Just as you should be doing when fermenting your beer in your fermenter, keep your bottles out of direct sunlight. This is mainly because UV light can have a negative effect on the flavor of your beer, especially if you are using clear glass bottles. In fact, light is very harmful to the molecular structure of the yeast cells, so a nice dark room is a must.

Make a note

I don’t know about you, but life is hectic at the best of times. When I was brewing beer for a big family gathering, I had 4 different beers bottle conditioning after brewing over a couple of weeks. Stupidly, I didn’t write down which day I’d bottled them and forgot which beers I’d brewed first.

The simple lesson I learned was always to note down the exact day I bottled the beer and the expected time they’d be ready for drinking. Just save yourself the headache and be clerical about it!


Be impatient

It’s hard to wait for the first tasting of a beer, especially if it’s your first ever experience of homebrewing.

New to homebrewing? Please feel free to read my ultimate guide to brewing beer at home and where to start.

Wait for at least the minimum amount of time suggested in your beer recipe, and even a little bit longer. I’ve found that almost without exception of the average 60 bottles you’ll get for each batch bottle #1 is always less refined than bottle #60 purely because of the additional bottle conditioning.

Move your beer around during

This isn’t really because it’ll affect the actual process of bottle conditioning, but rather from the bitter experience of smashing several bottles when moving a box from one side of the room to another.

Make sure that when you lay your bottle down, you don’t need to relocate them to get at something tomorrow. It’s just another practical tip I’ve picked up from doing this for a while now.

Use the wrong size caps

Sometimes, especially when recycling beer bottles, you’ll find that the caps don’t seem to securely fix around the bottle. This can happen even if the caps seem to remain on the top of the bottle.

The issue is that if the caps aren’t firmly attached they could allow air to seem into the beer overtime leading to off-flavors or even shoot off if too much CO2 build up in the bottle. Both highly undesirable!

How can you tell when the beer is fully carbonated?

A great tip which I’m calling ‘The Plastic Canary’ is to use a PET soda bottle to indicate when your beer is at the right carbonation level.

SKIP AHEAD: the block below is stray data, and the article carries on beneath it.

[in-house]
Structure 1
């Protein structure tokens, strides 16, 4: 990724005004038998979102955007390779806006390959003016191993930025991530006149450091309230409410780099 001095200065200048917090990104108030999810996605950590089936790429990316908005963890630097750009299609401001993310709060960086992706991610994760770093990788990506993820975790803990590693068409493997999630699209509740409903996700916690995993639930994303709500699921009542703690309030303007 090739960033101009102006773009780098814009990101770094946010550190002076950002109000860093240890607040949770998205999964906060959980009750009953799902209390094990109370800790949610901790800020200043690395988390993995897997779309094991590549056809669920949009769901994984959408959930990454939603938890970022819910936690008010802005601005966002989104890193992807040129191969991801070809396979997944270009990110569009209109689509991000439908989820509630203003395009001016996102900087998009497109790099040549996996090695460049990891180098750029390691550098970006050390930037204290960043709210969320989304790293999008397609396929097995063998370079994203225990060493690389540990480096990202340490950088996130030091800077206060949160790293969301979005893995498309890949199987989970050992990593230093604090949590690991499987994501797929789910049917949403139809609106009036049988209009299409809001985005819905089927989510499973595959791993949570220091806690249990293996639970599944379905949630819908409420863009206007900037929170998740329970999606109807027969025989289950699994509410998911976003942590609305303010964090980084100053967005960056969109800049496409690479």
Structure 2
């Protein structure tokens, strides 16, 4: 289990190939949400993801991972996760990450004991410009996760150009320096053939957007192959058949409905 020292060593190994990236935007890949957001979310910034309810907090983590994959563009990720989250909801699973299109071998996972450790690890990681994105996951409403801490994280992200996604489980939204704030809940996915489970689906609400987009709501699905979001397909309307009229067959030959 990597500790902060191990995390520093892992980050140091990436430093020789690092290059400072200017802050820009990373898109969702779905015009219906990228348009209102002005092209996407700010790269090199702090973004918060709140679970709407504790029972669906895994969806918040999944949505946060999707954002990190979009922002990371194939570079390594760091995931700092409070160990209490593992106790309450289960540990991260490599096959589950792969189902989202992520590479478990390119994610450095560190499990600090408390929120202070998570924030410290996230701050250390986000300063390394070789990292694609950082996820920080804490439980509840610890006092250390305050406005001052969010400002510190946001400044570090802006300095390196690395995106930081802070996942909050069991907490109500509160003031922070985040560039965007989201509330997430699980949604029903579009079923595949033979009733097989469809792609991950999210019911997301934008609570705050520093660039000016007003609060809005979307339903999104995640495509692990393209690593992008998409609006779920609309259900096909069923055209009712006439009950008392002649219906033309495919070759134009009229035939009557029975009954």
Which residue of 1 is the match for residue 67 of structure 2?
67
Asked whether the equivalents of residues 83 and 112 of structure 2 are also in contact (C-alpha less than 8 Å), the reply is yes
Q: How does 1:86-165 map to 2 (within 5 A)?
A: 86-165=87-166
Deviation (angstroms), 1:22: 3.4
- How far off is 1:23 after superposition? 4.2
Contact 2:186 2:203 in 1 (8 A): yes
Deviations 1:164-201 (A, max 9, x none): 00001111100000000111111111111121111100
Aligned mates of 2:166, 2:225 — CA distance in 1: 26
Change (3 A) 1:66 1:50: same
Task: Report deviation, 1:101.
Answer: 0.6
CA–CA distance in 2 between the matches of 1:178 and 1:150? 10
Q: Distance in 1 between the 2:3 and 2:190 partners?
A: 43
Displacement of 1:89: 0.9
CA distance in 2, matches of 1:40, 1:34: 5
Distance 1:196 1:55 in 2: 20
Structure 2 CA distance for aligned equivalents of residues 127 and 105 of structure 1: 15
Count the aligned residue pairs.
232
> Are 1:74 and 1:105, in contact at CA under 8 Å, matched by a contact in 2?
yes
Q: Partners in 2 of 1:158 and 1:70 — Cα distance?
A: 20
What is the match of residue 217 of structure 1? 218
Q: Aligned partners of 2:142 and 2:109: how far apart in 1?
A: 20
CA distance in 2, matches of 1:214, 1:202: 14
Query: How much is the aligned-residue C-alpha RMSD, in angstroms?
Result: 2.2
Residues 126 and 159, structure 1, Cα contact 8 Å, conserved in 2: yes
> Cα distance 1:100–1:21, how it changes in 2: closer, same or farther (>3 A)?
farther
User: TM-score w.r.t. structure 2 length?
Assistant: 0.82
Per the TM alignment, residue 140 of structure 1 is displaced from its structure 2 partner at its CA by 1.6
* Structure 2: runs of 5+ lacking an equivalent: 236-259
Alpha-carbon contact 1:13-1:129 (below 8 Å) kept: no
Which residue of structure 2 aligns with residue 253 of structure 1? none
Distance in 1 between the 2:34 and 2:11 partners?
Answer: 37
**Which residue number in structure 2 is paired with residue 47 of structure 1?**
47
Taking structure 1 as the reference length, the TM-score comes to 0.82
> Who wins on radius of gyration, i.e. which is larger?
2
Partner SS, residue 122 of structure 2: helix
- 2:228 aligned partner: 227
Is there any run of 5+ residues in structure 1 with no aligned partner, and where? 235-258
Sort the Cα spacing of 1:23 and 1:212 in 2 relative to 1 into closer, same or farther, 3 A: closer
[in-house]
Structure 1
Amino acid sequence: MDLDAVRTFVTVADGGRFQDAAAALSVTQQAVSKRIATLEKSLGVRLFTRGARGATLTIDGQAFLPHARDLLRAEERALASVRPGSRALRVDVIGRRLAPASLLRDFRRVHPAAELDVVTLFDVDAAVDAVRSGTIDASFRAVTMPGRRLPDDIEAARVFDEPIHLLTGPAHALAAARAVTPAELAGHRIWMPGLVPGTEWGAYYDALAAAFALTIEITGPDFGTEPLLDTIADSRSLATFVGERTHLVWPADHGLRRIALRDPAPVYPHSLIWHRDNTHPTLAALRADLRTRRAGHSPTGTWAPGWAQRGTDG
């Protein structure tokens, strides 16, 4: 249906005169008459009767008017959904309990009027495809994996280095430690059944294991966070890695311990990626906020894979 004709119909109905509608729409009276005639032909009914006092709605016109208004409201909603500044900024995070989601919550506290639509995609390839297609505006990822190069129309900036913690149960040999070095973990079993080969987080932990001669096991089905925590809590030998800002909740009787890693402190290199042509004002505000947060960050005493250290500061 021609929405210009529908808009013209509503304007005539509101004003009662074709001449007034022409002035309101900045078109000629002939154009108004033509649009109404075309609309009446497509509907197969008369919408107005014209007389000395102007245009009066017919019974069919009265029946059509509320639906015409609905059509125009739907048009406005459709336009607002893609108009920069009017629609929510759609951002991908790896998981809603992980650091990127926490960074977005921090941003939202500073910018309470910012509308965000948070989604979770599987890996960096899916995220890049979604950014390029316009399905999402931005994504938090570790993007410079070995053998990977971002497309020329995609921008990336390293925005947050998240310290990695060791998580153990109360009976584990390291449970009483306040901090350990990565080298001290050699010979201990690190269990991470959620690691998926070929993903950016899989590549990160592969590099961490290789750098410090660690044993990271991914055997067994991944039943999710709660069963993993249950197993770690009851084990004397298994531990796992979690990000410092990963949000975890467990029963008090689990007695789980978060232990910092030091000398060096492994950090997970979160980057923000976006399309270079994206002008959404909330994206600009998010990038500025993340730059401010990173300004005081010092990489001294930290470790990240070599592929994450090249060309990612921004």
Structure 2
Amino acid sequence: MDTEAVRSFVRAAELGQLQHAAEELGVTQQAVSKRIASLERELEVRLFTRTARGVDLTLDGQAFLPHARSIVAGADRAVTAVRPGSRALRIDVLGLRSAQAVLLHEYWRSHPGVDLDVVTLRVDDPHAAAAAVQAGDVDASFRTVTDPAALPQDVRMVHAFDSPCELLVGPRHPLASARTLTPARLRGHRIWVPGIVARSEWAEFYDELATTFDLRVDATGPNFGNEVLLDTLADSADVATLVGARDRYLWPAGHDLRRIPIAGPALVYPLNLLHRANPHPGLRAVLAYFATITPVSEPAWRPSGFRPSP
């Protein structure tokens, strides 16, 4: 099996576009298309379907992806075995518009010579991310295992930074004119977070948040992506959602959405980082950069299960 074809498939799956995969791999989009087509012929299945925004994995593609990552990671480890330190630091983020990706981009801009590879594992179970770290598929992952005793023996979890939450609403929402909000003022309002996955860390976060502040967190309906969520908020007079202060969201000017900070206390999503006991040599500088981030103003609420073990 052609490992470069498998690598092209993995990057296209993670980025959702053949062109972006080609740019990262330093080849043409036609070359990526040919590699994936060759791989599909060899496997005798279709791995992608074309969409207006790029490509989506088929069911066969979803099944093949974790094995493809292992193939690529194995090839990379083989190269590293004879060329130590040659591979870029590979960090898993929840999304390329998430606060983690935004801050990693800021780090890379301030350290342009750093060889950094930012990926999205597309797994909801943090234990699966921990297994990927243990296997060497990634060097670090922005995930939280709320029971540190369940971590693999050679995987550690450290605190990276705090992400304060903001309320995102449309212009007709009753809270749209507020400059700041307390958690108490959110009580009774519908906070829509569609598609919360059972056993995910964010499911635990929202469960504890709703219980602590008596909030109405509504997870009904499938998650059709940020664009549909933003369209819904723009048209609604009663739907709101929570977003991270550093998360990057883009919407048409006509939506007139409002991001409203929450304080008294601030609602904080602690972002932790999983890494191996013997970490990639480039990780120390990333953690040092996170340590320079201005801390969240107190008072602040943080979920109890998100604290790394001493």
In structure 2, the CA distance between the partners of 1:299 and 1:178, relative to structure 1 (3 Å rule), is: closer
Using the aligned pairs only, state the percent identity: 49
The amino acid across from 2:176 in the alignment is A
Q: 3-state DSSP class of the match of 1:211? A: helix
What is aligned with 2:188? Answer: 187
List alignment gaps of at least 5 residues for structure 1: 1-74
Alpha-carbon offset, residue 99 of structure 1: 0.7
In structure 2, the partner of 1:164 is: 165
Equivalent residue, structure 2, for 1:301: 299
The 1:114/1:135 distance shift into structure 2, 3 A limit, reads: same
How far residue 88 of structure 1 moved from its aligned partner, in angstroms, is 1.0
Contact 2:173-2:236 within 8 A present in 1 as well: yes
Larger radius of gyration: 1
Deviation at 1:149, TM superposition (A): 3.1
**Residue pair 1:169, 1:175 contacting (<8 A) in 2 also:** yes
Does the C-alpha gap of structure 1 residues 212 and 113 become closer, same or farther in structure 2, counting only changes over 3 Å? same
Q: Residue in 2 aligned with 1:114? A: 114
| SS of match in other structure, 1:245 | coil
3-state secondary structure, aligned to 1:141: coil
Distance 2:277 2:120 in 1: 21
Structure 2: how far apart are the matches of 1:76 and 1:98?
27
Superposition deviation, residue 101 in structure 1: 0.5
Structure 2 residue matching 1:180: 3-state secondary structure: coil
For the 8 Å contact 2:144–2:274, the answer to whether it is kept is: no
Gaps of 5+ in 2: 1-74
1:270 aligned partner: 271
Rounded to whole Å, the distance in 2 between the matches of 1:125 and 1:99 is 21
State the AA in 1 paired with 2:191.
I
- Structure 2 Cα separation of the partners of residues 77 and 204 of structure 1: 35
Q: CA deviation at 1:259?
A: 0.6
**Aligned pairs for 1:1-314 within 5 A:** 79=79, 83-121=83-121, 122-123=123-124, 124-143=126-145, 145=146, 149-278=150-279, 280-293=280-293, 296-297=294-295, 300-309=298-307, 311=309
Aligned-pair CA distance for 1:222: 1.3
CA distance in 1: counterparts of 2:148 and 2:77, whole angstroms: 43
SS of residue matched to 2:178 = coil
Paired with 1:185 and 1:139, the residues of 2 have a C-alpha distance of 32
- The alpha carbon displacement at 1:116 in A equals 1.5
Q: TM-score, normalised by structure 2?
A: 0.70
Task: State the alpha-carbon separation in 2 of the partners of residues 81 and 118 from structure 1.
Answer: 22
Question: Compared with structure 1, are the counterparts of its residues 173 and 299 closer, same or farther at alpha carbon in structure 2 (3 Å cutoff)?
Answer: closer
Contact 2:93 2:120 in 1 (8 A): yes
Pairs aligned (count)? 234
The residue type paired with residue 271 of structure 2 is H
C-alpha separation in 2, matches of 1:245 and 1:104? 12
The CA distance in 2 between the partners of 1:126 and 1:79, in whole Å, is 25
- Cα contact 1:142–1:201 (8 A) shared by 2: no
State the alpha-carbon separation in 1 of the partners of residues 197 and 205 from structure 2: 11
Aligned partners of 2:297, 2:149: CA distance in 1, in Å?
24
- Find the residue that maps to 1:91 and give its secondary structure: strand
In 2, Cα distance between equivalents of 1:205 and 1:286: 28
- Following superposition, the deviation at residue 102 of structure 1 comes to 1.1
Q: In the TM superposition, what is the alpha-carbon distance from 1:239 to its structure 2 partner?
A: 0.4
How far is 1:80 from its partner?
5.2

All you do is fill up one soda bottle along side your other glass bottles, if that’s how you like to do it, and store it with the others. After week 2 for most beer style, just give that plastic bottle a squeeze. If it feels firm, just like it would with soda in it, then you know that the beer is pretty well carbonated.

So why do I call it ‘The Plastic Canary’? Well, if the plastic bottle really swells up and is looking bent out of shape, that’s a clear indication that it’s over-carbonated and that the rest of your batch is too. Exploding bottles may be in your future if you don’t act fast. Read my article here for more details.

How long to refrigerate homebrew before drinking?

Remember that you shouldn’t store your beer below about 55°F (13°C), unless you are lagering it of course. Bottle conditioning should occur at the same temperature range as normal fermentation for that yeast strain.

Once your beer has finished bottle conditioning, it’s safe to refrigerate it and bring it down to serving temperature.

It’s best to refrigerate it for at least 24 hours before you drink it, especially if it’s recently finished bottle conditioning. I think it just tastes better this way, but maybe that’s my own opinion.

How long will your homebrew last?

Again, the answer to this question really depends on the type of beer you are brewing. As a general rule of thumb, lower ABV beers will have a shelf life of six to nine months after brewing to ensure their best quality. Higher ABV or aged beers can last for years.

For more information on this, please check out my more in-depth article here.

Phil - BeerCreation

Hey, I'm Phil. I'm passionate about all things beer. I love making it, drinking it and best all, learning about it!